Tax Freedom Day: New York Goes From Bad To Worse

Once upon a time, I actually agreed with Andrew Cuomo on the subject of taxes. Back in October 2011, only 10 months into his first term, the governor stated that, “You are kidding yourself if you think you can be one of the highest-taxed states in the nation, have a reputation for being anti-business and have a rosy economic future.”
Somewhere along the line that mentality changed, and the state’s oppressive tax problems have not. This year, National Tax Freedom Day, the date representing how long Americans work to pay off their tax bill, fell on April 19. Unfortunately, New York State residents aren’t free of their tax burden so quickly. New York’s Tax Freedom Day is May 14 – the worst in in the nation – meaning that no state requires their taxpayers to work longer or harder. 
When the governor made those remarks in 2011, only two other states had later Tax Freedom Days than New York’s date of April 24. In 2018, we have managed to get even worse as our Tax Freedom Day is nearly three weeks later and dead last in the country.  
New York has the nation’s worst local and state tax burden, 47th worst property taxes, 49thworst personal income taxes, 49th worst business tax climate and 2nd highest debt burden, to go with its bottom-of-the-barrel Tax Freedom Day. The Assembly Minority Conference has continuously offered a number of proposals to help mitigate New York’s brutal economic climate.
The Small Business Full Employment Act (A.5423) is a way to give New York’s economic engine and job creators, small businesses, a fair shot. It would reduce the Corporate Franchise Tax Rate, provide small businesses with a tax credit against the Personal Income Tax and Corporate Franchise Tax if they maintain their current employment level for one year, and expand the Personal Income Tax exemption for qualifying small businesses and farm businesses.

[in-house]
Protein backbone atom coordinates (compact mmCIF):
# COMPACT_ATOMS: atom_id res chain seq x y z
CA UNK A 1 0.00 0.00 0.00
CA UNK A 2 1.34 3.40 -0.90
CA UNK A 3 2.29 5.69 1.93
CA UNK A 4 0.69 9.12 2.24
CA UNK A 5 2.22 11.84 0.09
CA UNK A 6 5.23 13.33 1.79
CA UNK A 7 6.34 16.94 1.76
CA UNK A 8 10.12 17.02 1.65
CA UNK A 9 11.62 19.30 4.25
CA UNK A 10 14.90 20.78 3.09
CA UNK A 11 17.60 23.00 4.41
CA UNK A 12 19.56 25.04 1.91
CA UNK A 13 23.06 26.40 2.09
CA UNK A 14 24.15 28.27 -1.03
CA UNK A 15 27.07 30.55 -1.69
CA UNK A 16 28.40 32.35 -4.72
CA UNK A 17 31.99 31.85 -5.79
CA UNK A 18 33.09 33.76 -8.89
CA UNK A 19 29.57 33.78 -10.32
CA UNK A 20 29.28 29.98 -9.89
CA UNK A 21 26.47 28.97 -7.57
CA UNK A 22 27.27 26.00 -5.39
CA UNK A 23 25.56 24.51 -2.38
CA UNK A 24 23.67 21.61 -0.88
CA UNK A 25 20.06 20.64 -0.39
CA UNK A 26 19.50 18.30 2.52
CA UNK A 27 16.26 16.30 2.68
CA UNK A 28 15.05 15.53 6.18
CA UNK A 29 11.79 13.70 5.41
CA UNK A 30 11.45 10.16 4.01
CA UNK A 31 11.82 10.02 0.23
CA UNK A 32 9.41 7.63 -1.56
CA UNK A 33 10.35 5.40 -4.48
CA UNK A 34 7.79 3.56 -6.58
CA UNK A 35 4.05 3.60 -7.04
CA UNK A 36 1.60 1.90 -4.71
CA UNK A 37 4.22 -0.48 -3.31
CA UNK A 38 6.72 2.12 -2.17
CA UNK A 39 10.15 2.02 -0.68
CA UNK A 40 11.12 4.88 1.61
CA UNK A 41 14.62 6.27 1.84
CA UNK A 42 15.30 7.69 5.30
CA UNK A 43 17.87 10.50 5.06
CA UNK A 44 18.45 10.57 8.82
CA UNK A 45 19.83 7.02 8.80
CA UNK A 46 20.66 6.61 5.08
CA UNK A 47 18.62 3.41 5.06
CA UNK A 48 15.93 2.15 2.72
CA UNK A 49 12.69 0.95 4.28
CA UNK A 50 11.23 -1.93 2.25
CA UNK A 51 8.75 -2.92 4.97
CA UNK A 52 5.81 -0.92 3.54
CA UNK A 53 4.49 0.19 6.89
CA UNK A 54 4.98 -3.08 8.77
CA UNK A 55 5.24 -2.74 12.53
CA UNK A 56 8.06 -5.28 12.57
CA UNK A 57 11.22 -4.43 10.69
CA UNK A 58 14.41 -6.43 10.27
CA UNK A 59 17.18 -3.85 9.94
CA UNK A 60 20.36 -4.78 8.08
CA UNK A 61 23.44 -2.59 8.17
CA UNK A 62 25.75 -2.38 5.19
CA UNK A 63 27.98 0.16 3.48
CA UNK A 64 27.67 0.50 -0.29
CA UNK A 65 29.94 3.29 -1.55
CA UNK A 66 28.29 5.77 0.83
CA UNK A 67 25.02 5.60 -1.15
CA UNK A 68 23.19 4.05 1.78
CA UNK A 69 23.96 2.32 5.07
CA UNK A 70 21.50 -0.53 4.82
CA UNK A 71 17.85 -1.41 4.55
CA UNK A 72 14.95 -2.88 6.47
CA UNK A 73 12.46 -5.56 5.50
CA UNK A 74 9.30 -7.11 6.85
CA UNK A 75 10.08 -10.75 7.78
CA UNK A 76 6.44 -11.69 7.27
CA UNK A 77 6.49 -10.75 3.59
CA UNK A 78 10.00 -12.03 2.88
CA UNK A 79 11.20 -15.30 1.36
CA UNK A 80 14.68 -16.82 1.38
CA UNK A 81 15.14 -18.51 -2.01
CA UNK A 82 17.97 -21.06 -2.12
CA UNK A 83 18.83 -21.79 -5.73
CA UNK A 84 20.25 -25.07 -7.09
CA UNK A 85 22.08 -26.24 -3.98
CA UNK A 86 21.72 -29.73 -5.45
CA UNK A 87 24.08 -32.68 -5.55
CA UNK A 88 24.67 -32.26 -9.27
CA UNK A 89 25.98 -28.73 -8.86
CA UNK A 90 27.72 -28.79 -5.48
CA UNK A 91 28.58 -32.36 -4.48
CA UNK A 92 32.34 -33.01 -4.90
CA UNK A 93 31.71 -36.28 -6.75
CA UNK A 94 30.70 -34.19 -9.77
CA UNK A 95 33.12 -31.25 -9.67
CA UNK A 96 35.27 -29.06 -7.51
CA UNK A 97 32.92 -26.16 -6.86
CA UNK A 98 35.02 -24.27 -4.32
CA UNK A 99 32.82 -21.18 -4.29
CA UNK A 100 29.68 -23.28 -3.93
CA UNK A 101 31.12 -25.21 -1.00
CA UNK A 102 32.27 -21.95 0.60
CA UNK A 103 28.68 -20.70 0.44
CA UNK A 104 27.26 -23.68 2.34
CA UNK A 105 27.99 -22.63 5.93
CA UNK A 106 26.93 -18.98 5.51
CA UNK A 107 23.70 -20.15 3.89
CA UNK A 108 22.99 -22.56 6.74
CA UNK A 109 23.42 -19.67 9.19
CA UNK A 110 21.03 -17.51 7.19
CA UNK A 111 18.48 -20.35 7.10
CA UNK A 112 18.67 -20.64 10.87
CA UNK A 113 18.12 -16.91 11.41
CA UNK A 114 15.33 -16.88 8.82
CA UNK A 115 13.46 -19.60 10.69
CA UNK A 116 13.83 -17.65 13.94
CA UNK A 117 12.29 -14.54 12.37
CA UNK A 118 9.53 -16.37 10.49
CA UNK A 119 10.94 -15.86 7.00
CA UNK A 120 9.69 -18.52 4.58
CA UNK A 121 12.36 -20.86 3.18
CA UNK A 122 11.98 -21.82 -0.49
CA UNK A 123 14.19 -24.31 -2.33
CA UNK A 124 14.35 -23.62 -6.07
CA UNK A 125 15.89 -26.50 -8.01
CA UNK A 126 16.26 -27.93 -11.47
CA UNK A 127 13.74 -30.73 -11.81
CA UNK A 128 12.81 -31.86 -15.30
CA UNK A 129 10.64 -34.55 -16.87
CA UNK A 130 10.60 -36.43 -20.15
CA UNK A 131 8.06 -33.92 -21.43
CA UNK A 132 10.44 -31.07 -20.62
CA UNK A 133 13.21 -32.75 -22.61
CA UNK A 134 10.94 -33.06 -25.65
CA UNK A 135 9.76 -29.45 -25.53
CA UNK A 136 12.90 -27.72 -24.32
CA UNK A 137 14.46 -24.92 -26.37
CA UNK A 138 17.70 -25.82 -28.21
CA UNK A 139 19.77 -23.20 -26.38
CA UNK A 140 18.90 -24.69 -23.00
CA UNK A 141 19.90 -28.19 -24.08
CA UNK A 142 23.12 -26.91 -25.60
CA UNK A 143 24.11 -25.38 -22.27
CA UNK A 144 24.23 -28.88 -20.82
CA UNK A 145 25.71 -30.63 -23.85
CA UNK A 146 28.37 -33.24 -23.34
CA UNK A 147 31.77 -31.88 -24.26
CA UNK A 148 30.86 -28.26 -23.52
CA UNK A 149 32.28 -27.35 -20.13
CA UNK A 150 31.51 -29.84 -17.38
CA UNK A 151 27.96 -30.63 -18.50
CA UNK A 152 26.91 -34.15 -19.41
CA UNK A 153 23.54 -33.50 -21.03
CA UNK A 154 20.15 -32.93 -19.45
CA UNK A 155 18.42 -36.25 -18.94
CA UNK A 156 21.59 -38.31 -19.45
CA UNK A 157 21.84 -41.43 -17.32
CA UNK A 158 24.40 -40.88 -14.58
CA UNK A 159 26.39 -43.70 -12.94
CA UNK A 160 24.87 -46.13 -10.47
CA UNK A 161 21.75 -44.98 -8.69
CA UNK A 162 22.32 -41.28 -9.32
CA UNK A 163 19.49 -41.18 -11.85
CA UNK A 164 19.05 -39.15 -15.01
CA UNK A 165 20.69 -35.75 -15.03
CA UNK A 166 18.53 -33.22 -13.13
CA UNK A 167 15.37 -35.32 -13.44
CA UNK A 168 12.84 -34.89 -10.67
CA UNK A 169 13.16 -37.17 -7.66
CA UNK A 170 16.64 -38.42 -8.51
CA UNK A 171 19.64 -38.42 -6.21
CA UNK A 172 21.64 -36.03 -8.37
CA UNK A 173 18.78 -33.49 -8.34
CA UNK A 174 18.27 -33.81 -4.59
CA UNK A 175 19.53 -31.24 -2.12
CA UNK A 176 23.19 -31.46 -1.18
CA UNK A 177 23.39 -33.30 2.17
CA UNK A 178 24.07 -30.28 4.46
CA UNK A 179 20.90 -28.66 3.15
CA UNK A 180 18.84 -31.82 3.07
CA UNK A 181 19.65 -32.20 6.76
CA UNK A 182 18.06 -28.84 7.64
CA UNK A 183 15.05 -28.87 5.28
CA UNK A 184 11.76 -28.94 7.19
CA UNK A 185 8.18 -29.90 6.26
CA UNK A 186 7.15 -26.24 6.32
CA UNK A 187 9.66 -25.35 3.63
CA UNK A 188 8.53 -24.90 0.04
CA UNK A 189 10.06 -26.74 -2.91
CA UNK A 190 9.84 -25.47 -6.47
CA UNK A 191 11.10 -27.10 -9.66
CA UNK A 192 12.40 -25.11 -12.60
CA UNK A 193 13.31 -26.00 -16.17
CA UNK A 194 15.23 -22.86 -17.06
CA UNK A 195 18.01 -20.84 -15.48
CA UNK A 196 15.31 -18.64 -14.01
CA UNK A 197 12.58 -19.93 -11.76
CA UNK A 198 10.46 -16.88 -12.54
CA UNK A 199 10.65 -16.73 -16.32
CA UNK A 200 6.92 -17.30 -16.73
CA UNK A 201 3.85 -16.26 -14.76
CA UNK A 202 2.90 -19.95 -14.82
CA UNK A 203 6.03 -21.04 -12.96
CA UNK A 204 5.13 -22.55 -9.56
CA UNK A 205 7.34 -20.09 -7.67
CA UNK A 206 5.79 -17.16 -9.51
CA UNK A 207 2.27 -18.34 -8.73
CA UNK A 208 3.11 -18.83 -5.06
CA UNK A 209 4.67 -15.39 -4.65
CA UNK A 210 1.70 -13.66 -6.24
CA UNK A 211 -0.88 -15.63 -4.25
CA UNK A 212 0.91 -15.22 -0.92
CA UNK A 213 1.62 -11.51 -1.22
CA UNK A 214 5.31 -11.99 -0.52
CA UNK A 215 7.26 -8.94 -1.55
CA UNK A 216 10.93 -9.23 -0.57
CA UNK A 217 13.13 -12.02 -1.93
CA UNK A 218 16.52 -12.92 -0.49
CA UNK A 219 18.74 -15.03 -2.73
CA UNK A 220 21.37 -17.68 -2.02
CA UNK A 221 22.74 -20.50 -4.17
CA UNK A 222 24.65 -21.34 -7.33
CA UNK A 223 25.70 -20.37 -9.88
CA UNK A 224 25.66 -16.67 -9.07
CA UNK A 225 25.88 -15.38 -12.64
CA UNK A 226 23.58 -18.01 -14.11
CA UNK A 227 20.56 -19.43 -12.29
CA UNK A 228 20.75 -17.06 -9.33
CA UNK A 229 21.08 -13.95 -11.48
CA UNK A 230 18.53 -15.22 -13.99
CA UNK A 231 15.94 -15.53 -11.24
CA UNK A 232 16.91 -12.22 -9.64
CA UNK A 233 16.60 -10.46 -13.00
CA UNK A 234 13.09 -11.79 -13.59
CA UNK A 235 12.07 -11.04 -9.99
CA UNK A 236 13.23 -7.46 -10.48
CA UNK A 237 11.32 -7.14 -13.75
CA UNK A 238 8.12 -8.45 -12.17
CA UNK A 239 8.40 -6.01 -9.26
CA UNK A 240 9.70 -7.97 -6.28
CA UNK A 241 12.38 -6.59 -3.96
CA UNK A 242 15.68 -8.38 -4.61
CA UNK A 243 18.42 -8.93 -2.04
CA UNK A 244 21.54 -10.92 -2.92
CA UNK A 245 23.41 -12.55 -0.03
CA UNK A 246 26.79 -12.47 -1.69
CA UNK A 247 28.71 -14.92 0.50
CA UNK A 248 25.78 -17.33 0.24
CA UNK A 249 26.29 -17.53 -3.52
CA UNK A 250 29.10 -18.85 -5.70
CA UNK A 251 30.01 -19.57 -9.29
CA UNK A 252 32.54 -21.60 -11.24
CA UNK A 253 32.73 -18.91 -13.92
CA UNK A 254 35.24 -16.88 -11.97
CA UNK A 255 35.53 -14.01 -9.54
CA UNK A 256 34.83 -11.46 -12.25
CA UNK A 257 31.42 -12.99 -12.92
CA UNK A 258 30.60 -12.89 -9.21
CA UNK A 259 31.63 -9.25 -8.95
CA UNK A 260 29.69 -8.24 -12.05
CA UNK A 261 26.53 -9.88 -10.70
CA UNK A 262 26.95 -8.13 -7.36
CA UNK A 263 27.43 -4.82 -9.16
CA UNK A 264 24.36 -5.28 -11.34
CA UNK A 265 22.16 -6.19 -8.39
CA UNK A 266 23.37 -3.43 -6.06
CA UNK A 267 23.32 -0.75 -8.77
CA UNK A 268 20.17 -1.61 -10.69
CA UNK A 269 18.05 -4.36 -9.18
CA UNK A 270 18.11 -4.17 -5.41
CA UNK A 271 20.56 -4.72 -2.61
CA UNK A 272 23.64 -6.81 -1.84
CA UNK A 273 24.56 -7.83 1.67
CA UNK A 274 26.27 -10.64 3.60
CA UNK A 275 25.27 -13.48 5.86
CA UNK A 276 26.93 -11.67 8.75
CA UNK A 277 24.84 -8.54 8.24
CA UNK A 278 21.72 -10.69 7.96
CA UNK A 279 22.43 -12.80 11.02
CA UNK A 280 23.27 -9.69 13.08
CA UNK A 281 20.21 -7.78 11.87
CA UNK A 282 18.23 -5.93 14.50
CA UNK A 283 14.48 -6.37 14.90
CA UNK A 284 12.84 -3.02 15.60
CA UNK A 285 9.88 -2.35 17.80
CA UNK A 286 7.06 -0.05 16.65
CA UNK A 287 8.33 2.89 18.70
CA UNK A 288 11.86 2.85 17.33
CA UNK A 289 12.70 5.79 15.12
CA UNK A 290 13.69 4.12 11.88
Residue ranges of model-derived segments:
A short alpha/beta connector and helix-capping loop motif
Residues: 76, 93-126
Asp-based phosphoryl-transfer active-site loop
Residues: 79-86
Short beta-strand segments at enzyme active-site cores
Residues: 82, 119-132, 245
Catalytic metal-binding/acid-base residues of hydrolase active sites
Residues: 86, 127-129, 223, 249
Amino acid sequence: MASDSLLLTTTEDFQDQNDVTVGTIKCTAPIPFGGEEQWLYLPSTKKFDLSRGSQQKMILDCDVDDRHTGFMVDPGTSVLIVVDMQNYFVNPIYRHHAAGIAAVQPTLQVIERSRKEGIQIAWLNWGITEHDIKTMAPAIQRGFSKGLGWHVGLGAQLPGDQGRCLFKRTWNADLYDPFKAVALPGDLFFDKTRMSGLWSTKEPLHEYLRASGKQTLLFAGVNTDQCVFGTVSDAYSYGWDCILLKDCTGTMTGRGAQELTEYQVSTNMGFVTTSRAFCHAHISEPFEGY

And, to further make owning a business in New York easier, I introduced “BizBoom” (A.5679) which, if enacted, would cut application fees for new businesses by half their first year; eliminate business income taxes for the first year; and reduce income tax rates for the second and third years.
Residents are being nickel and dimed at every turn. We must do more to fight the assault on hard-working New Yorkers. We can start by putting money back in people’s pockets by reducing crushing property taxes. Components of my plan (A.9901) include: 

  • Freezing homeowners’ and businesses’ property taxes at the 2018 level by requiring the state to take over the property tax growth of any local government or school district that stays within the Real Property Tax Cap;
  • Establishing a Real Property Tax Redesign Team charged with reducing mandates and finding recurring savings to further reduce property tax expenses; and
  • Providing relief to New York City taxpayers by requiring the City to adhere to the Real Property Tax Cap. 

Also, in order to alleviate some everyday costs bogging down New Yorkers, I introduced “SHOP NY” (A.6113) to eliminate taxes on gas, child restraint systems, protective helmets required by law, baby diapers, soap and toothpaste.
How many more people must flee before Albany takes this problem seriously? By nearly every metric, New Yorkers are being economically crushed. We have reached a tipping point and, quite frankly, there is no end in sight. We must get serious about reducing taxes in New York. We, literally, have nowhere to go but up.
What do you think?  I want to hear from you. Send me your feedback, suggestions and ideas regarding this or any other issue facing New York State. You can always contact my district office at (315) 781-2030, email me at, find me by searching for Assemblyman Brian Kolb on Facebook, and follow me on Twitter.

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